Photo by Mike Mozart
Design is for purpose
Since following the fashion industry, I've concluded that design always has a purpose. Many fashion industry analysts might disagree with this view. However, in the fashion world, design has a clear purpose: to project onto a consumer the beautiful objects they own. In other words, facilitate the association between brand status and the consumer. In the fashion marketplace, consumers do not only buy a piece of garment, but they also buy a statement of how they want to be seen by others.
Brands matter a lot
The difficult part for brands is to craft an interesting statement that resonates on the consumers' state of mind (aka current trend). This is where it gets interesting for investors. There are a couple of brands that have nailed a powerful statement and have made it count through the years. Once a brand has reached the sweet spot of sustained public recognition, it's been hard to destroy this powerful asset (not impossible though).
Brands with celebrity-like status have been able to weather cycles much more easily than other businesses lacking powerful brands. Again, this is where it gets interesting for investors; well-managed brands turn a commodity into a completely differentiated product. It is the difference between razor thin and fat margins. Avoiding being a razor-thin margins business is the essence to avoid cyclicality, which means high earnings multiples.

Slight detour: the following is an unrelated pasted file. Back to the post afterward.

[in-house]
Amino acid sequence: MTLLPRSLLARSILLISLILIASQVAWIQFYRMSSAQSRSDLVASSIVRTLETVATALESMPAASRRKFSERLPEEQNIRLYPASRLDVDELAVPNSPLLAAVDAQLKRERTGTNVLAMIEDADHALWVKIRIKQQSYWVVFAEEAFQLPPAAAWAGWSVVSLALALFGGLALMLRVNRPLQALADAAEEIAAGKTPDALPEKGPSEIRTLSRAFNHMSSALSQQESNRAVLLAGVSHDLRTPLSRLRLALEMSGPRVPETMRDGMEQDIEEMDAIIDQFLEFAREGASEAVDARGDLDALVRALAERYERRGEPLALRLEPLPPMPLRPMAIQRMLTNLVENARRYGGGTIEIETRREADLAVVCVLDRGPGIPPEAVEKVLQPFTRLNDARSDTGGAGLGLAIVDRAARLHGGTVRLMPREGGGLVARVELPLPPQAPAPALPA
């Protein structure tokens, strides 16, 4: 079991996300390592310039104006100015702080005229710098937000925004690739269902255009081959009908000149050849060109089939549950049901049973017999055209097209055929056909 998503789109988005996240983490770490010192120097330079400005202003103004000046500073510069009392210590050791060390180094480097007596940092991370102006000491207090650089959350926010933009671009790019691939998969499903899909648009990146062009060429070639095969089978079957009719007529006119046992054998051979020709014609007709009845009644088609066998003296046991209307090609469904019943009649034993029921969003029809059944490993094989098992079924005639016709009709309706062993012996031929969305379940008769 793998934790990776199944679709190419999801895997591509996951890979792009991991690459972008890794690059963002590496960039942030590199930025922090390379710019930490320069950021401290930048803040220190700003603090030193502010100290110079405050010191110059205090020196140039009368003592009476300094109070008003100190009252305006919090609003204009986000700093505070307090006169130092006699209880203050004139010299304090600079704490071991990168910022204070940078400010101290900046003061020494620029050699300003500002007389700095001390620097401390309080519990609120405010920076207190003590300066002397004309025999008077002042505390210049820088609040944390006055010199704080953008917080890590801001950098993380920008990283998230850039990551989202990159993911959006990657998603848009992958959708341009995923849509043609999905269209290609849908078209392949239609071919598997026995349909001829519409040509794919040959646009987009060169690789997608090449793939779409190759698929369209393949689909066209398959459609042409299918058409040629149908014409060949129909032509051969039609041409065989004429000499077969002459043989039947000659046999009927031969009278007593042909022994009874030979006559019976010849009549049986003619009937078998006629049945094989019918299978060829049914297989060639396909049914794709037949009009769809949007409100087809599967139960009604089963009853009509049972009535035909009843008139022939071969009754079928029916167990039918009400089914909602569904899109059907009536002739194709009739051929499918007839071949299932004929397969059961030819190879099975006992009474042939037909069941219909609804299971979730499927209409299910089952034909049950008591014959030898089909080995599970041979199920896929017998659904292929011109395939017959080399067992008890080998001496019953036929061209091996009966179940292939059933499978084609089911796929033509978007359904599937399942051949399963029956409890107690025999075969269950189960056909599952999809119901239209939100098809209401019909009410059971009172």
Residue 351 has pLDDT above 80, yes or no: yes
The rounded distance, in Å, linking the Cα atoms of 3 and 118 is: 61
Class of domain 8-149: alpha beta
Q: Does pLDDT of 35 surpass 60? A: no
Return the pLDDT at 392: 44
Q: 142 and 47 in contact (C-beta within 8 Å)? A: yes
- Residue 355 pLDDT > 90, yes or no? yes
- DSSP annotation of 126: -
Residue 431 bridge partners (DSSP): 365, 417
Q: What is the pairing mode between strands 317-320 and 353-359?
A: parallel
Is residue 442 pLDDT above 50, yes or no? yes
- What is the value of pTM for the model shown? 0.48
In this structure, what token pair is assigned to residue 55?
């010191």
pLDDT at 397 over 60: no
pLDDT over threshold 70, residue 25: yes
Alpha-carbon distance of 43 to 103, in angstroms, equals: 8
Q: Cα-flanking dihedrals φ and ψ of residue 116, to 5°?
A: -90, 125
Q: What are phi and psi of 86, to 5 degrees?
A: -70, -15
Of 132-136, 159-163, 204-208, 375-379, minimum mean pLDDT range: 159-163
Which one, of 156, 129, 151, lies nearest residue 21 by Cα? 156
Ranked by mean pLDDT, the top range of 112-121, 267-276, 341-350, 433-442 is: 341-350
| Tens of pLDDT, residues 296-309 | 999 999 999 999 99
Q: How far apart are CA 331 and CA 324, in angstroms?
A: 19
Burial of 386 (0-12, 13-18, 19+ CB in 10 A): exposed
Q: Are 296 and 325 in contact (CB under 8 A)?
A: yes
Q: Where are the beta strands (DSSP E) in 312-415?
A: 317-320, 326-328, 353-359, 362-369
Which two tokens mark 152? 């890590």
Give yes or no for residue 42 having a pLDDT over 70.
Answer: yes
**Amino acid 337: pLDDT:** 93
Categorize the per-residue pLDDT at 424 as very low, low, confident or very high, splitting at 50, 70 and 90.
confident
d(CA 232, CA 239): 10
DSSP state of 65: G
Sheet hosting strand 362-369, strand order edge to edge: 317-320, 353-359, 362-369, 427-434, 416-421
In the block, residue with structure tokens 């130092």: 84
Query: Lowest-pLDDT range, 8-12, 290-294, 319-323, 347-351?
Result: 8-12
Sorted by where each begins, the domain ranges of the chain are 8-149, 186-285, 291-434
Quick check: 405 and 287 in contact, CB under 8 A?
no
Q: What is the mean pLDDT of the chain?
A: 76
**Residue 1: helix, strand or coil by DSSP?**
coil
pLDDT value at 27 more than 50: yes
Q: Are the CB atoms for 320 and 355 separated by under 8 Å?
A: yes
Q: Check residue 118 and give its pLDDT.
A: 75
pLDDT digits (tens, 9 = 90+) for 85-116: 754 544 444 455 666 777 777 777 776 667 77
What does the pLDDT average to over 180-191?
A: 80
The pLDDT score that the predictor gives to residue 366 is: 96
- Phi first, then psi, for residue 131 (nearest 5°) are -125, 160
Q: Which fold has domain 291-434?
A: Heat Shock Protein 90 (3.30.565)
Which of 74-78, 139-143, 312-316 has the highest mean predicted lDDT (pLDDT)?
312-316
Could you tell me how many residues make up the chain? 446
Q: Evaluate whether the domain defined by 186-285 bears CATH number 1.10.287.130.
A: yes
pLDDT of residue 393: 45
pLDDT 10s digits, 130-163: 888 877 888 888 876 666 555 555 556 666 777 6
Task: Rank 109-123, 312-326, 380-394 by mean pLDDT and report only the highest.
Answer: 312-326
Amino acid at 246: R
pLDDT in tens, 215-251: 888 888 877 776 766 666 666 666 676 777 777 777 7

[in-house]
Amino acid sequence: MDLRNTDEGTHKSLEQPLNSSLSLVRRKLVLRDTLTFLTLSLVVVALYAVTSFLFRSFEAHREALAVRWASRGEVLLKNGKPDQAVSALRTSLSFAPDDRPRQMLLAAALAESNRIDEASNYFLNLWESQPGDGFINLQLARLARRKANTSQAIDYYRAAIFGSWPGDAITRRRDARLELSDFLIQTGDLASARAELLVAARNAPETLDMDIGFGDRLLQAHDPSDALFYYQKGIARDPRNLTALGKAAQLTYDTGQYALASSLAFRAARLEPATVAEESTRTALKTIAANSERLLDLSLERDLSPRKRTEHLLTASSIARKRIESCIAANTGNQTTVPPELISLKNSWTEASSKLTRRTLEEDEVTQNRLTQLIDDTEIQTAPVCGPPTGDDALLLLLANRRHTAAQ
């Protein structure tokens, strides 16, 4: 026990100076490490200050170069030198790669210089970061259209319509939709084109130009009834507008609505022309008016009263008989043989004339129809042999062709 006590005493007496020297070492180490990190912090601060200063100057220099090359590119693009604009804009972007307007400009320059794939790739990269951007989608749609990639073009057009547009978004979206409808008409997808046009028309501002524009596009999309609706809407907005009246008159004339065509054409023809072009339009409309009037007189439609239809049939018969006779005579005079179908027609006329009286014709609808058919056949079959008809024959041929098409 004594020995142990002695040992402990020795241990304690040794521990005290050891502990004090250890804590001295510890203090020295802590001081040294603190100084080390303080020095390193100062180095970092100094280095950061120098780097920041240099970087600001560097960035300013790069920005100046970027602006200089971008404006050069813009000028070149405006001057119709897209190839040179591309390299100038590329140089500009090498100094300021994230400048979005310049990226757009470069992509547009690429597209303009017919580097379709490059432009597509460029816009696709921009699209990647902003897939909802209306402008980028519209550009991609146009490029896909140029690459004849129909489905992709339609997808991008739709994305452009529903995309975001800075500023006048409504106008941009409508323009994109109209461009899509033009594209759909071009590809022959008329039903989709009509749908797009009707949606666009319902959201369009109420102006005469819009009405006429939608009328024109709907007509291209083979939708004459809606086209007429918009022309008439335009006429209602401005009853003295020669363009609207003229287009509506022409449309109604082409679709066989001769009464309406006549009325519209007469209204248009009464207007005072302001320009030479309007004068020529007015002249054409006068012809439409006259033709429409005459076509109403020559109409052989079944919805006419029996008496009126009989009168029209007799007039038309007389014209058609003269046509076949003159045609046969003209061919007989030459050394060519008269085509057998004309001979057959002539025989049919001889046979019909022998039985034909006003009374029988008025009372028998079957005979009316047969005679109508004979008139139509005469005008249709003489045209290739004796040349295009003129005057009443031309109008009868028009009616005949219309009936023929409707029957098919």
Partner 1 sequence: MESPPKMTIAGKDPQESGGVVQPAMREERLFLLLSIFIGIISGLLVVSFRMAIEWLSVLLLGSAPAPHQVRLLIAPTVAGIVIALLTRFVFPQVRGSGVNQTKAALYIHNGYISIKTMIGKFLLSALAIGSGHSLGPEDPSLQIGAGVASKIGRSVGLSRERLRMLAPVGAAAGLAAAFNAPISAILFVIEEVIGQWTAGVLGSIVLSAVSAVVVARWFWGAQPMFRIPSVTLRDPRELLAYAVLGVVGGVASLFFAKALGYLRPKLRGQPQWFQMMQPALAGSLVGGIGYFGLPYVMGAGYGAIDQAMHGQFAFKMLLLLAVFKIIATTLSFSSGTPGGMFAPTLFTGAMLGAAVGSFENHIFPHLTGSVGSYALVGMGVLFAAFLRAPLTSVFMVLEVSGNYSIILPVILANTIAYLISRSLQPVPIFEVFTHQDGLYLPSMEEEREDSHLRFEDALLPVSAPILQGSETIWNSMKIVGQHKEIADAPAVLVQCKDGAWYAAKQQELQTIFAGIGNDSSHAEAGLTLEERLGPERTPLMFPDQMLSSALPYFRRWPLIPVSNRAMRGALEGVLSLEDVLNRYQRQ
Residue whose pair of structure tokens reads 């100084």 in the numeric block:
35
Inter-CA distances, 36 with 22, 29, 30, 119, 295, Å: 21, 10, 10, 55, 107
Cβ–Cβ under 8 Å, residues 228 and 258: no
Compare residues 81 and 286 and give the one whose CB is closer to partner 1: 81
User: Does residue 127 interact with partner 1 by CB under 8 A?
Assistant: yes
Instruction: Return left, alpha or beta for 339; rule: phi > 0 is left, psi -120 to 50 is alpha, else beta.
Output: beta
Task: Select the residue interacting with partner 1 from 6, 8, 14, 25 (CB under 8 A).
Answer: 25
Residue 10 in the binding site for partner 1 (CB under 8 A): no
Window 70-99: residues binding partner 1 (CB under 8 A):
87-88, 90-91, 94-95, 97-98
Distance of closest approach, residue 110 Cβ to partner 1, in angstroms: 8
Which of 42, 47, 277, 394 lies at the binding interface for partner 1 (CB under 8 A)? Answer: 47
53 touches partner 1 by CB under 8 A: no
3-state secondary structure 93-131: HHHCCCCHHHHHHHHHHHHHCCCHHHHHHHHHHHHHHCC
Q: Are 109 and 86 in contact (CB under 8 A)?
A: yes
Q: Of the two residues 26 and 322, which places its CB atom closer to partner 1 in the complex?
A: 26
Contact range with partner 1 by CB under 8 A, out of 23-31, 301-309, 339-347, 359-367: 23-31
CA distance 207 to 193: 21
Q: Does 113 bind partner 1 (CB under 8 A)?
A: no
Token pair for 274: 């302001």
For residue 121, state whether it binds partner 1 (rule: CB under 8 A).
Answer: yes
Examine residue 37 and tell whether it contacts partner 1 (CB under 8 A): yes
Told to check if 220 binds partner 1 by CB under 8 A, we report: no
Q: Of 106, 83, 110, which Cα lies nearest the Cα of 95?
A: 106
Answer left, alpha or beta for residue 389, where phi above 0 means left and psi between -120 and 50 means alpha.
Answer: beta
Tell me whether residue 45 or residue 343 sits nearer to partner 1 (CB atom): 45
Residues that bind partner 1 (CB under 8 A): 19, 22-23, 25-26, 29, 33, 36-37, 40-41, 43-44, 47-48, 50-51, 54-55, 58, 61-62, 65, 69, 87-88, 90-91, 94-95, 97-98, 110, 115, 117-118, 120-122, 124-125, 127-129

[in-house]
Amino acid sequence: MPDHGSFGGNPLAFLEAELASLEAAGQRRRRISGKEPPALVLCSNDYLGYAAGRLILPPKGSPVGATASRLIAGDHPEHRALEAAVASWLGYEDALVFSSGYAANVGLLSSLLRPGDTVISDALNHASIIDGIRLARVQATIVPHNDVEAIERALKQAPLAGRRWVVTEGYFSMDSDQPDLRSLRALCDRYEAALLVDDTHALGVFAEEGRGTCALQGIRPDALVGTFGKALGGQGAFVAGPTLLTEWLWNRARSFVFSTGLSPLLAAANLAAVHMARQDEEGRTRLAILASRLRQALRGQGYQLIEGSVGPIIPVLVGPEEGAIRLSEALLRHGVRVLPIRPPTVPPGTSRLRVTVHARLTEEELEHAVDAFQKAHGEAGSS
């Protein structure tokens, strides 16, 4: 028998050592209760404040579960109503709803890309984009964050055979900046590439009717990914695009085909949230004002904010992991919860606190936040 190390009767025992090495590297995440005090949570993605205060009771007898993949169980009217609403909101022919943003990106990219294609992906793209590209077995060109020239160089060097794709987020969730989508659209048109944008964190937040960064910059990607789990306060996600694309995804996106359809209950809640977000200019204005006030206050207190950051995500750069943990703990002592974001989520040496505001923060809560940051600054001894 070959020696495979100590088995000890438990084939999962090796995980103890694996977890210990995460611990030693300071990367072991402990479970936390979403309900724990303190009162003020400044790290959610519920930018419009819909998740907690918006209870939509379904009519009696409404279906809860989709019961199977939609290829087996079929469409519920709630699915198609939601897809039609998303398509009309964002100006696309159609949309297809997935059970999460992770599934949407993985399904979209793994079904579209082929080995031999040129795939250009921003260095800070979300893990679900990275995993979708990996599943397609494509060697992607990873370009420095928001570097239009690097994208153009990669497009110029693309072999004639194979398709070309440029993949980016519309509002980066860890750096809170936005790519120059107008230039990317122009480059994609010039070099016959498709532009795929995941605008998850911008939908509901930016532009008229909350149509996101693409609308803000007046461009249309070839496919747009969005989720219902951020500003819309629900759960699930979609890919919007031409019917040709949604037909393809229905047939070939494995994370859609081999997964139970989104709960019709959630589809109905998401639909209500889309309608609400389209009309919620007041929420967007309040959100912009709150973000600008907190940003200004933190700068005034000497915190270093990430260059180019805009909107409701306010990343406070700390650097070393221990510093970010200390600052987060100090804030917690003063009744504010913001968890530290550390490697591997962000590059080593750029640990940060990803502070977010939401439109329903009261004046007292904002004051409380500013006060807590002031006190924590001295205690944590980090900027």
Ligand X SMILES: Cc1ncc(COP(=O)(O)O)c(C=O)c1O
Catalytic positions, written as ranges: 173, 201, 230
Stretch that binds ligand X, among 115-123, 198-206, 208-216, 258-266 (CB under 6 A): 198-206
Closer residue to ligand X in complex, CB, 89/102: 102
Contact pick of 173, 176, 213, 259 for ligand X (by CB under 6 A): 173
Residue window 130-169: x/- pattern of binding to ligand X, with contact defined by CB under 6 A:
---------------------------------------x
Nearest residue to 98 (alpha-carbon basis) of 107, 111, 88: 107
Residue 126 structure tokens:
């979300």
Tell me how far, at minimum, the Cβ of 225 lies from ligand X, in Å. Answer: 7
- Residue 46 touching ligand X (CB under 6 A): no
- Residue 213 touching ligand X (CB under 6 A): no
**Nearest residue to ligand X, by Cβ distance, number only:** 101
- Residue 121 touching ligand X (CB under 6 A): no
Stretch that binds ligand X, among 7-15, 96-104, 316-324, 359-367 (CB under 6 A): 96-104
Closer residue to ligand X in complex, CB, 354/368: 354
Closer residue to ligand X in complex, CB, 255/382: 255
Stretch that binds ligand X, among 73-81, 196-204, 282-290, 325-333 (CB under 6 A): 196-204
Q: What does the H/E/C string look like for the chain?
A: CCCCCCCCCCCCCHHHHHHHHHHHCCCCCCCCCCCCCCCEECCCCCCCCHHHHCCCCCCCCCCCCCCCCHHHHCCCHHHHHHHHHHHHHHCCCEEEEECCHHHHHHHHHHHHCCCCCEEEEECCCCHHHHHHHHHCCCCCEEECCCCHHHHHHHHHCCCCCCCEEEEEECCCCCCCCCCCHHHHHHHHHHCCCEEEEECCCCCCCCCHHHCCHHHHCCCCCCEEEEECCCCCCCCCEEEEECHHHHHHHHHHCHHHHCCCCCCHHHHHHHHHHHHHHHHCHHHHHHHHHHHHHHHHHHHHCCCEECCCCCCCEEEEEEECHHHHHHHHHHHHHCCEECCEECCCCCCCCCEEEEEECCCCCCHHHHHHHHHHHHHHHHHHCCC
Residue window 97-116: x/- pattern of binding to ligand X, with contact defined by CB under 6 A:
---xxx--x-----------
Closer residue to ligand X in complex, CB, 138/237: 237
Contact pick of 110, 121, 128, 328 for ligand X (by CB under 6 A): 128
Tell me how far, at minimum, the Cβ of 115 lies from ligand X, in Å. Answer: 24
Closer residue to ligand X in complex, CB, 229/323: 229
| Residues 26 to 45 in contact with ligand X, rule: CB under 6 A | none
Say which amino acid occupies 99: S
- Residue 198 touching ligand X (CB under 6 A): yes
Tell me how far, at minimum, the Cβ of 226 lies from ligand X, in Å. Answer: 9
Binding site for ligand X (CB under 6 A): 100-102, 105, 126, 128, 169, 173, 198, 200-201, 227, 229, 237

Milking a brand might be an awful strategy
On the other hand, investors might be a drag on brands. For instance, Coach, Inc. (NYSE:COH) wanted to grow its bottom line so fast, it made a huge mistake. COH started to act in discordance to its statement as a classic luxury powerhouse. The company adopted the slogan accessible luxury which the consumers ended up reading only as accessible. Most people will agree there isn't much luxury in something accessible.
However, the affordable strategy worked for a while. The drop in prices attracted a wave of consumers who aspired to buy a Coach bag but never had the possibility. Suddenly, Coach was experiencing magical growth. In the meantime, while the income statement was shining, the brand was losing its power. The discount damaged the previous luxury perception and consumers no longer aspire to Coach's bags as they used to.
Healing the brand is the painful part
Presently, Coach has been committed to revert the effects of over-discounting. The brand turned to Stuart Vevers, the renowned designer, for help to redefine its identity. Mr. Vevers, whose recognized work at Loewe (OTC:LOEEF) resembled the present mission a lot, redefined the concept as Modern Luxury. Additionally, Coach has been positioning its products in the higher pricing brackets.
Unfortunately, raising prices and elevating a brand mean lower revenues in the short term. That's what happened to Coach. Inevitably, the renewed strategy pressured revenues down. Before, investors couldn't feel the pain of a brand slowly vanishing, but now they are panicking over hemorrhaging revenues.
Graph 1 - Coach Quarterly Revenue (Based on the Company's Fiscal Year)